Translation:I like to lie on my stomach and watch TV.
«Люблю» is translated 'to love' only when it refers to people. When it refers to thing, we usually translate «люблю» with 'to like' (and for the English 'to love' about things, we use the Russian «обожаю»). At least that's how it is taught at school. :)
I have reported it anyway, as I think we use "love" about activities or objects rather more freely in English, so it doesn't seem an excessively gushy translation of "люблю". You can "love" anything - yes, even lying on your stomach, watching TV. It doesn't necessarily mean you are passionate about it. In some cases, it's barely any stronger than saying: "I enjoy".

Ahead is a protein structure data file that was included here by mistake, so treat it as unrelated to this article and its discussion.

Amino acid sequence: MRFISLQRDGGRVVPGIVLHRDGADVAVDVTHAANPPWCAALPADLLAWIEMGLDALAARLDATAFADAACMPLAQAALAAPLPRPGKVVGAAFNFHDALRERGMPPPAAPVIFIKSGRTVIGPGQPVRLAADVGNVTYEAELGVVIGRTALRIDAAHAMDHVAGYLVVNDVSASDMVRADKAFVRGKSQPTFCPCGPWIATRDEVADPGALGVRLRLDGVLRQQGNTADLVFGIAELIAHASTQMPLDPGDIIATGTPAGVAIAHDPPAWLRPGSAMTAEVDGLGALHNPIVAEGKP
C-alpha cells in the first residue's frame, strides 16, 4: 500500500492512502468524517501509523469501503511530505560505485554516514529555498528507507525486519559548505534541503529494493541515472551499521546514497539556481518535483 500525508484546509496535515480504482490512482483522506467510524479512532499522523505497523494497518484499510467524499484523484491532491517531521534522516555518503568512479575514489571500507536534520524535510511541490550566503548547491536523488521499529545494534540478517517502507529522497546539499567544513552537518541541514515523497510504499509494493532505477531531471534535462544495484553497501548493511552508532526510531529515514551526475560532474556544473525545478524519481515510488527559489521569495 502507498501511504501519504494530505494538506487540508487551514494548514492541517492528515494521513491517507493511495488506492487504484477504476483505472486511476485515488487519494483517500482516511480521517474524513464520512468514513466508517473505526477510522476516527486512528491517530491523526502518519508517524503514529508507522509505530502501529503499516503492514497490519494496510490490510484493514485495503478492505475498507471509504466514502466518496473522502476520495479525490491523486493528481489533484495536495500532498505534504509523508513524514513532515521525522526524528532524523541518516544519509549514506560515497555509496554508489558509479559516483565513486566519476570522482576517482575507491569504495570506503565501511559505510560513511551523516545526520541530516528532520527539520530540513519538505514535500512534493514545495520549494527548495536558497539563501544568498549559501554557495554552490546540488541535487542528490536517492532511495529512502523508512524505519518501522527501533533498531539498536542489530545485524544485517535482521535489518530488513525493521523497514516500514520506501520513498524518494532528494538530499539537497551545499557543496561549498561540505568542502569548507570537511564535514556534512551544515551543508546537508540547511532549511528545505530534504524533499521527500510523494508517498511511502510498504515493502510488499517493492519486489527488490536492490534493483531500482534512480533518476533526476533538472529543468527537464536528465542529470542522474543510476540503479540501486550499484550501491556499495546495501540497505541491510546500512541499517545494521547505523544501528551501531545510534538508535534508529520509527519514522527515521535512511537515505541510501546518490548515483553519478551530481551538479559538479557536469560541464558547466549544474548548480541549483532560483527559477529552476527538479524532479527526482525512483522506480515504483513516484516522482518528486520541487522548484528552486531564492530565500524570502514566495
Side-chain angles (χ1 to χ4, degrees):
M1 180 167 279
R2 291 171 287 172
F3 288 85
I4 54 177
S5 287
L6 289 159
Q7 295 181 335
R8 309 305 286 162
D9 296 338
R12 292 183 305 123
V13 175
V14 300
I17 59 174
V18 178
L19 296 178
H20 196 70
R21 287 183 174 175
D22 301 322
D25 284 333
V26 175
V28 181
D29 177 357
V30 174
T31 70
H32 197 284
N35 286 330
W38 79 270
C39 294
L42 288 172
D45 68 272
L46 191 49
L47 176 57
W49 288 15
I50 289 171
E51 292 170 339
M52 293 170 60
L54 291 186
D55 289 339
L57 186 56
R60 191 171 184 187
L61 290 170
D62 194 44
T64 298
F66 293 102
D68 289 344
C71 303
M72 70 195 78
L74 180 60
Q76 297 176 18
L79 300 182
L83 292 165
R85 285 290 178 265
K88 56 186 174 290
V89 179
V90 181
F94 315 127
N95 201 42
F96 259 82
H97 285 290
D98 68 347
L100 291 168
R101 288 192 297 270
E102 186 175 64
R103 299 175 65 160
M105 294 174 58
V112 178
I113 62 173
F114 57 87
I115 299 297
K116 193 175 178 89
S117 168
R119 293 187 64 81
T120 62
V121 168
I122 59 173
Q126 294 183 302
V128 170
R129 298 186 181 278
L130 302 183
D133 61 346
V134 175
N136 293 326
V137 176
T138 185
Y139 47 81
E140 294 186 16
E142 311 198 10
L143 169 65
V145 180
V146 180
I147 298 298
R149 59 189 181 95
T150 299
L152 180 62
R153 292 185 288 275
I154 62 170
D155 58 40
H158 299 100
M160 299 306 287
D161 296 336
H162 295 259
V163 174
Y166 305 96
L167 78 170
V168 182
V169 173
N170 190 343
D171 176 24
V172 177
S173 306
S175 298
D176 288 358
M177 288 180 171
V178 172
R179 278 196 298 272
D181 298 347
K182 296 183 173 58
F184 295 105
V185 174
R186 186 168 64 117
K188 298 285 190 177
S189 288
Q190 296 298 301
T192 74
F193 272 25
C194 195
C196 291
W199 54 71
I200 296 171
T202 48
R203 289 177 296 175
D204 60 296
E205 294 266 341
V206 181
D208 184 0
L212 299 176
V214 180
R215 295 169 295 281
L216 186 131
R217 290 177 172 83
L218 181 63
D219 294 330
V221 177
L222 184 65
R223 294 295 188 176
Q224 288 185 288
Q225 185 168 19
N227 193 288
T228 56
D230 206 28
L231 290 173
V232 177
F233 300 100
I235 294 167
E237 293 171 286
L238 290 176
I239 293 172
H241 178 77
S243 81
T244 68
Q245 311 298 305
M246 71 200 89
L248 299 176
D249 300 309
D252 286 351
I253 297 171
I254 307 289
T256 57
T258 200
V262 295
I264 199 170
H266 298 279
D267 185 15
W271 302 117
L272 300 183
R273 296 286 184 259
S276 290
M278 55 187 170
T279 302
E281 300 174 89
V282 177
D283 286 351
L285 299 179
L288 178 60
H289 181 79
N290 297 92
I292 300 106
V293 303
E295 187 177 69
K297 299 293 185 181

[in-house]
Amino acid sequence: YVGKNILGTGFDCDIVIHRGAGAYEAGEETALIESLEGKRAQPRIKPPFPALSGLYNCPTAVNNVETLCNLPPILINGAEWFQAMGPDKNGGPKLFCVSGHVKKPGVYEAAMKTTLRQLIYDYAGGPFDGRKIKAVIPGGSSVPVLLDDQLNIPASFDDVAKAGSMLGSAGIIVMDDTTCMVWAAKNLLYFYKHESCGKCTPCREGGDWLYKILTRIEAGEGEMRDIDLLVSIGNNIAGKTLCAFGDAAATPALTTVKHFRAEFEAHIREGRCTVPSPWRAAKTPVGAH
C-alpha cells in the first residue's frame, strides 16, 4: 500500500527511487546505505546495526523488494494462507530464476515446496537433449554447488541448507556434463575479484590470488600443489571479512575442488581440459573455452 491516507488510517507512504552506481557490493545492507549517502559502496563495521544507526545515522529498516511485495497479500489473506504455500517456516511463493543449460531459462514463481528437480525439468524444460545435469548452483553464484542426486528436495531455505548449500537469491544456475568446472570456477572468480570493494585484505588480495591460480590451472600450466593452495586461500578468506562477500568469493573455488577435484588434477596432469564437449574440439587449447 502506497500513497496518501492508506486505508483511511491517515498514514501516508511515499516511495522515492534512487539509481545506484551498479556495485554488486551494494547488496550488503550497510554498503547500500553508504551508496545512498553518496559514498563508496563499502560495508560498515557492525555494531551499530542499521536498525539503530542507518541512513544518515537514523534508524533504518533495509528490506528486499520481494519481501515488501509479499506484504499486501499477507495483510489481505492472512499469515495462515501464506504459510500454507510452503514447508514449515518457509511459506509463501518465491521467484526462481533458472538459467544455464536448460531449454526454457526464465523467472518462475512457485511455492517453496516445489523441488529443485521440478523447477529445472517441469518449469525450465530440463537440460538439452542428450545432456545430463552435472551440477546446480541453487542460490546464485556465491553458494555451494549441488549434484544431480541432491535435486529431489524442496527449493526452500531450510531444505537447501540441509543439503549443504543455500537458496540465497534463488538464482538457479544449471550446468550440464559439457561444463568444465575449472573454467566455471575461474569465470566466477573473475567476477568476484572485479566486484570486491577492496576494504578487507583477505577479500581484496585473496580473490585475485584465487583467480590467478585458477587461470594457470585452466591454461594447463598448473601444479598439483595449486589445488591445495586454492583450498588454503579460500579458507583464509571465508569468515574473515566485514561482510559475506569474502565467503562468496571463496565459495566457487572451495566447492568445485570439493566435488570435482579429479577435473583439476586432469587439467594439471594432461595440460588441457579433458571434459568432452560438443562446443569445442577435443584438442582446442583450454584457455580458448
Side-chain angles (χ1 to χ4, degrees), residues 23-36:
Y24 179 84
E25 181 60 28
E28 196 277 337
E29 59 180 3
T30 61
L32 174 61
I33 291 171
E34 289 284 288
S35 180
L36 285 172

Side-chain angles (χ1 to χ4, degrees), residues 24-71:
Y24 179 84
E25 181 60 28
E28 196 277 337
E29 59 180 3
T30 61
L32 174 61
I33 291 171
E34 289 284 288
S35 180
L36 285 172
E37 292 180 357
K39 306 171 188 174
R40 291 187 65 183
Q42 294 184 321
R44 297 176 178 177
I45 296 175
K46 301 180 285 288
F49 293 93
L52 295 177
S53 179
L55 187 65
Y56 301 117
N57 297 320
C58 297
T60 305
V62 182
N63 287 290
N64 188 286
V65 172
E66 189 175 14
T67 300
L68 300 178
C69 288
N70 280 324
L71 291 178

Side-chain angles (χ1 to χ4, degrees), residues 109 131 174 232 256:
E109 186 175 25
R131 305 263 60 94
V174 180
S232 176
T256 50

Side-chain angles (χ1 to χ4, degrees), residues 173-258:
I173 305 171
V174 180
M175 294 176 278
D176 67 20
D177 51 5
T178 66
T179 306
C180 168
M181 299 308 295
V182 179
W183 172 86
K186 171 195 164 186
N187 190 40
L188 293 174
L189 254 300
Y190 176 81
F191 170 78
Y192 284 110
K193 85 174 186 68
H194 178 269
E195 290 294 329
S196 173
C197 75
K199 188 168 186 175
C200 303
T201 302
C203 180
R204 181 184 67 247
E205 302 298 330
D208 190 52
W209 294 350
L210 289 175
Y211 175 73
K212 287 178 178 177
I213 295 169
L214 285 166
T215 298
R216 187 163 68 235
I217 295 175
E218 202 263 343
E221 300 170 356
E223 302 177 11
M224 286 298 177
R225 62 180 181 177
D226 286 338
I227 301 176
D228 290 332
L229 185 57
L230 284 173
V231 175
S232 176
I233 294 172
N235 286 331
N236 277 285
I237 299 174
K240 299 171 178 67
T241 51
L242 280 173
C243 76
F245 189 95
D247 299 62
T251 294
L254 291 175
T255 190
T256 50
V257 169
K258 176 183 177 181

Are you certain, or are they just commonly confused? In the UK, quite a few people say: "laying", when they actually mean: "lying". I think the confusion arises in part because the past tense of "lie" (in the sense of lying down) is: "lay". So it is correct to say: "I lay on the bed", if it's in the past, but never in the present. If you wanted continuous past, it would be: "was lying", not: "was laying".
"On the stomach" (or rather "on his/her stomach") sounds more natural to me. I don't really like "belly". Not quite slang, but rather informal. Of course, there may be times you want to create a more informal tone in your writing, but I wouldn't say it's the preferred form.
TVs used to be furniture items on their own that would sit on the floor, and yea you could lie on your belly on the floor and watch. To get an idea of what it looks like, you could watch the simpsons